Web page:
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Guide to Successful Cell Phone ... - International Myeloma Foundation

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					                                            International Myeloma Foundation
                                                  Cell Phones for a Cure
                                              Guide to Successful Collection
                      Thank you for your interest in participating in the International Myeloma Foundation’s
                      “Cell Phones For A Cure” cell phone collection program. Your efforts will help raise
                      money for your support group, while helping the IMF improve the quality life of
Myeloma patients, while working toward prevention and a cure.

The purpose of this document is to help you understand how to create the most value for your Support Group
and the IMF through your phone collection efforts.

The IMF is working with ReCellular, Inc. on this program. ReCellular, Inc. accepts all handheld portable
wireless phones capable of operating on either cellular or PCS networks. These phones are sorted by model,
type and condition. Newer phones are refurbished and marketed throughout the world as economical alternatives
to brand-new phones. Damaged phones can supply parts to repair other phones that can then be returned to
services as refurbished used phones. Badly damaged phones and obsolete models have no value, but are
recycled in accordance with all environmental regulations.

Remember, ReCellular, Inc., accepts all handheld portable wireless phones capable of operation on either
cellular or PCS networks, whether they are working or not. If they are damaged beyond usefulness or if they are
obsolete (very old models, outdated technology, or made by manufacturers who no longer make wireless
telephones), they do not have any monetary value to us or to you. However, ReCellular will absorb the expense
of recycling these phones safely, so even if some of the phones you collect have outlived their usefulness, you
will know that they are being disposed of in an environmentally friendly manner. The following devices should
not be sent in as they will not generate any revenue for ReCellular, your group or the IMF: car phones, so-called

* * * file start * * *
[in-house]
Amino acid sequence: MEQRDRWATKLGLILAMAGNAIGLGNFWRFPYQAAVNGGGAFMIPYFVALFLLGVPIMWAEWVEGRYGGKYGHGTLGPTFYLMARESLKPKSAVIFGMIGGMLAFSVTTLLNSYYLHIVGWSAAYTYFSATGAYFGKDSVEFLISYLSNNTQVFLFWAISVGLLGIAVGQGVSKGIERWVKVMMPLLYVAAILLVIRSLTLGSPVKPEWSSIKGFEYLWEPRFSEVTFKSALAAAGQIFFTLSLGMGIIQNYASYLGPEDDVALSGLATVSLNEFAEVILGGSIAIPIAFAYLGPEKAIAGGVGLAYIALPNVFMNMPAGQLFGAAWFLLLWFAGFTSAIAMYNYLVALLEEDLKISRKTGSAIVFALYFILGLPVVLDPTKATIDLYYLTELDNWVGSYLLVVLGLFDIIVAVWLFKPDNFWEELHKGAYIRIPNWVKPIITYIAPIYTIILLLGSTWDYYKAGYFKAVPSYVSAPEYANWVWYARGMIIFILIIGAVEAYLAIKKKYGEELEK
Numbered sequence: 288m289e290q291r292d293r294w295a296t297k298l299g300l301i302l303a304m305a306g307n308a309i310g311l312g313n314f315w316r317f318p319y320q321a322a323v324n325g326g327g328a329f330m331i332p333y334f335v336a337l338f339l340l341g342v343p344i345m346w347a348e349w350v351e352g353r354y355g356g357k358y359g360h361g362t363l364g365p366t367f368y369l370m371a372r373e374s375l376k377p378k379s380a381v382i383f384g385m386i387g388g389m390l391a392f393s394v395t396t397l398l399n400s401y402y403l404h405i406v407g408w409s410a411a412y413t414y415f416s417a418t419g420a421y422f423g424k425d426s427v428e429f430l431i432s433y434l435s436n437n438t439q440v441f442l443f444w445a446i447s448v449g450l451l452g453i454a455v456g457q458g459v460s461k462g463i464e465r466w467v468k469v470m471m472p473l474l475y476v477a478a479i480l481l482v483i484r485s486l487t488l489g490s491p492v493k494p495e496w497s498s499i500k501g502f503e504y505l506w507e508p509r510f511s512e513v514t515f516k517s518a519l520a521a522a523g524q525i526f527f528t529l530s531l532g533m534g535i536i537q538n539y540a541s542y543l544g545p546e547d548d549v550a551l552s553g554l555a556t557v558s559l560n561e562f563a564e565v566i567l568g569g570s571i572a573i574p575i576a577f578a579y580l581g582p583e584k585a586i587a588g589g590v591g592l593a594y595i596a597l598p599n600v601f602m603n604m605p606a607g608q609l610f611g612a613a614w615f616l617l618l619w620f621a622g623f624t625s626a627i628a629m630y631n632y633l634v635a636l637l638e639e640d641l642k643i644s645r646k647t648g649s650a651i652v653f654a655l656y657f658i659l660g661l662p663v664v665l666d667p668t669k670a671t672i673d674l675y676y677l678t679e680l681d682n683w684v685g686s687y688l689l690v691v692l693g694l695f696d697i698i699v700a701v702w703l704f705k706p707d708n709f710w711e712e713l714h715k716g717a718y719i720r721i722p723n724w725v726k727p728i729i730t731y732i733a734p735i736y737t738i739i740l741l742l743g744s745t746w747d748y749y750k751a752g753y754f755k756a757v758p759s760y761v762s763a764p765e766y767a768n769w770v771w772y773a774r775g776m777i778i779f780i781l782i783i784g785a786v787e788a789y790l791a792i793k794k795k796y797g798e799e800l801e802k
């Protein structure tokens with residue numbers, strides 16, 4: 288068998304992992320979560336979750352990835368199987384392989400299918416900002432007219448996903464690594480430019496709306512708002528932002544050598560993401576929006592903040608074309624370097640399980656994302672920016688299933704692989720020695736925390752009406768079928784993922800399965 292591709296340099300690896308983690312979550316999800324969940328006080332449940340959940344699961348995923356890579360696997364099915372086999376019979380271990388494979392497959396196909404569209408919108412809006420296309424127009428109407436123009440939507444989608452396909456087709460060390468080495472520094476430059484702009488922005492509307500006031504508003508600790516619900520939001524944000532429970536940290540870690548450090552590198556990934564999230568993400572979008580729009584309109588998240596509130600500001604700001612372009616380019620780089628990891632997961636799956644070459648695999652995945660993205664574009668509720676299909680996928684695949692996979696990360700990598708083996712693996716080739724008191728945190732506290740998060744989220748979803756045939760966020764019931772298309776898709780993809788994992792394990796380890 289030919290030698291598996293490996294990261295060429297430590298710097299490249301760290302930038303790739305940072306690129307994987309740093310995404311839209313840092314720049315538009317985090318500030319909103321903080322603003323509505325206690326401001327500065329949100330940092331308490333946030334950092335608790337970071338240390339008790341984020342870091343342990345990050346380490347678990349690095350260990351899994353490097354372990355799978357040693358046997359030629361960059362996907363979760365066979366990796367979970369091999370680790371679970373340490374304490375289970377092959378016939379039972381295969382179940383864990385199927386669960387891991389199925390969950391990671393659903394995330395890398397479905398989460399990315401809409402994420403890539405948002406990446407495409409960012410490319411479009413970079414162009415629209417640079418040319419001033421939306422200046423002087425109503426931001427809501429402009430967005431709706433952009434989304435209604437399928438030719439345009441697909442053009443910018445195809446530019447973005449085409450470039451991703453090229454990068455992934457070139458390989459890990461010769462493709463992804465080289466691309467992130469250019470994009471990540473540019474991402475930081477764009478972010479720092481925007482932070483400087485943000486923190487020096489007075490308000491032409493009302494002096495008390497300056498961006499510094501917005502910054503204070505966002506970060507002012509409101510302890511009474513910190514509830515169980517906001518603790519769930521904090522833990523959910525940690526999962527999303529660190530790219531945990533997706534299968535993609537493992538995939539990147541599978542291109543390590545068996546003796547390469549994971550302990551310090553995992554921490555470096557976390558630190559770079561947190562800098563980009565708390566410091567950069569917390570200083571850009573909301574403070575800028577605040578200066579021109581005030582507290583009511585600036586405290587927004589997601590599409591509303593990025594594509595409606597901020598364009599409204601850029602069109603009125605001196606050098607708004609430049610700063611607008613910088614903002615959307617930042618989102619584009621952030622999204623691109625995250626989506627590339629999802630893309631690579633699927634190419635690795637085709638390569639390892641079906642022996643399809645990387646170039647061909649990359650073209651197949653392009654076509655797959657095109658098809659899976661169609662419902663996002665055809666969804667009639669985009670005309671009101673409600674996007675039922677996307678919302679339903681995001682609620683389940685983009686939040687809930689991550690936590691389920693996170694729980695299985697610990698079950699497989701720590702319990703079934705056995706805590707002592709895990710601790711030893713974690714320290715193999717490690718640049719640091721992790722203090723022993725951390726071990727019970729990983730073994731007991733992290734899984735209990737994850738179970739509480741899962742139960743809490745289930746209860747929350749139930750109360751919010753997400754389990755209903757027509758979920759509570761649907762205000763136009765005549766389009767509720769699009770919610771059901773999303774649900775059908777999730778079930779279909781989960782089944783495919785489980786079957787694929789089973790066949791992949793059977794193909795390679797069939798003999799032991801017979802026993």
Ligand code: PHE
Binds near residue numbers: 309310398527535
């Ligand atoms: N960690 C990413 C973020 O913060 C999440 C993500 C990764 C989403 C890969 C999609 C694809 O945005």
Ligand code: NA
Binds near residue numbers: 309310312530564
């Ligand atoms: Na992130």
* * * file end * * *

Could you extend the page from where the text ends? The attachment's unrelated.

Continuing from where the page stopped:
“bag phones,” cordless telephones, walkie-talkies, pagers, two-way radios and other commercial radios.

You don’t need to be an expert in wireless technology to learn how to maximize the value of your collection
effort. A few simple rules can help you gauge the value of the phones that you are collecting to raise funds.


How much is each used cell phone worth?

Current phone models are most in demand and can yield $20.00 or more per phone. Second tier, older phones
will typically generate between $1.00 to $10.00.

    1.   Newer is better. Models change very rapidly in the wireless world. The most valuable phones are
         those under two years of age. Phones older than two years but under five e years also have value,
         although understandably less than the newest models. But, it’s not always easy to tell how old a phone
         is, so another rule is…

    2.   Smaller is better. Every year, phone models get smaller and smaller, so one good indicator of a
         phone’s age is its size. The so called “brick phones” that were popular in the late 1980s deserve their
         reputation for ruggedness, but because of their large size they are of no economic value today. On the
         other hand, models made within the past few years that are small and light are still in demand around
         the world, even if you’ve replaced the phone with and even smaller one.

    3.   Digital is better. Phones that identify themselves as being “CDMA” or “TDMA” or “GSM” employ
         newer digital technology. Curiously, some phones that say “digital” on the body aren’t really digital.

				
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posted:10/24/2011
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